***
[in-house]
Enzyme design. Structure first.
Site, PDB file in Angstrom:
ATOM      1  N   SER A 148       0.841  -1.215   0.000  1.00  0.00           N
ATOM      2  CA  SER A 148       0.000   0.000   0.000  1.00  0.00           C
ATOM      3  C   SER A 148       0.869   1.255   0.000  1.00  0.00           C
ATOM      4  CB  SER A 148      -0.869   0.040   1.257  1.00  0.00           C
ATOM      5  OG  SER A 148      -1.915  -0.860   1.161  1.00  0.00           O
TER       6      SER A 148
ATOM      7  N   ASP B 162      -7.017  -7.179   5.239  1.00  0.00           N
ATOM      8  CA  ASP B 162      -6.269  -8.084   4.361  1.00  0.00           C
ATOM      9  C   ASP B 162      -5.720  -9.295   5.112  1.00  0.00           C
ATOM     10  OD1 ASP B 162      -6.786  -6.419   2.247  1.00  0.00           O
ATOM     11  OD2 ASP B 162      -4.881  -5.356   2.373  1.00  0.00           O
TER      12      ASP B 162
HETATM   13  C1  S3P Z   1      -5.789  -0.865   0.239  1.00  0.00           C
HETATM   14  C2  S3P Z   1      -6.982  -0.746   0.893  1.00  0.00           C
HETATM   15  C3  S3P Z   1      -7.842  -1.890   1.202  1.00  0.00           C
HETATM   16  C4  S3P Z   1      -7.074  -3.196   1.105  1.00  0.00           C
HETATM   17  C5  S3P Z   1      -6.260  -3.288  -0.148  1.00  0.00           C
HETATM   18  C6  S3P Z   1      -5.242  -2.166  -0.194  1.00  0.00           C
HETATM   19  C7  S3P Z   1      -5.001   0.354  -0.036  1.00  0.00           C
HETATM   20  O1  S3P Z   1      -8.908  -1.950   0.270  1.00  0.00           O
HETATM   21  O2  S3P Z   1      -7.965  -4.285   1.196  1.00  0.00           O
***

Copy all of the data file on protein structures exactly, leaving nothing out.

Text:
[in-house]
Enzyme design. Structure first.
Site, PDB file in Angstrom:
ATOM      1  N   SER A 148       0.841  -1.215   0.000  1.00  0.00           N
ATOM      2  CA  SER A 148       0.000   0.000   0.000  1.00  0.00           C
ATOM      3  C   SER A 148       0.869   1.255   0.000  1.00  0.00           C
ATOM      4  CB  SER A 148      -0.869   0.040   1.257  1.00  0.00           C
ATOM      5  OG  SER A 148      -1.915  -0.860   1.161  1.00  0.00           O
TER       6      SER A 148
ATOM      7  N   ASP B 162      -7.017  -7.179   5.239  1.00  0.00           N
ATOM      8  CA  ASP B 162      -6.269  -8.084   4.361  1.00  0.00           C
ATOM      9  C   ASP B 162      -5.720  -9.295   5.112  1.00  0.00           C
ATOM     10  OD1 ASP B 162      -6.786  -6.419   2.247  1.00  0.00           O
ATOM     11  OD2 ASP B 162      -4.881  -5.356   2.373  1.00  0.00           O
TER      12      ASP B 162
HETATM   13  C1  S3P Z   1      -5.789  -0.865   0.239  1.00  0.00           C
HETATM   14  C2  S3P Z   1      -6.982  -0.746   0.893  1.00  0.00           C
HETATM   15  C3  S3P Z   1      -7.842  -1.890   1.202  1.00  0.00           C
HETATM   16  C4  S3P Z   1      -7.074  -3.196   1.105  1.00  0.00           C
HETATM   17  C5  S3P Z   1      -6.260  -3.288  -0.148  1.00  0.00           C
HETATM   18  C6  S3P Z   1      -5.242  -2.166  -0.194  1.00  0.00           C
HETATM   19  C7  S3P Z   1      -5.001   0.354  -0.036  1.00  0.00           C
HETATM   20  O1  S3P Z   1      -8.908  -1.950   0.270  1.00  0.00           O
HETATM   21  O2  S3P Z   1      -7.965  -4.285   1.196  1.00  0.00           O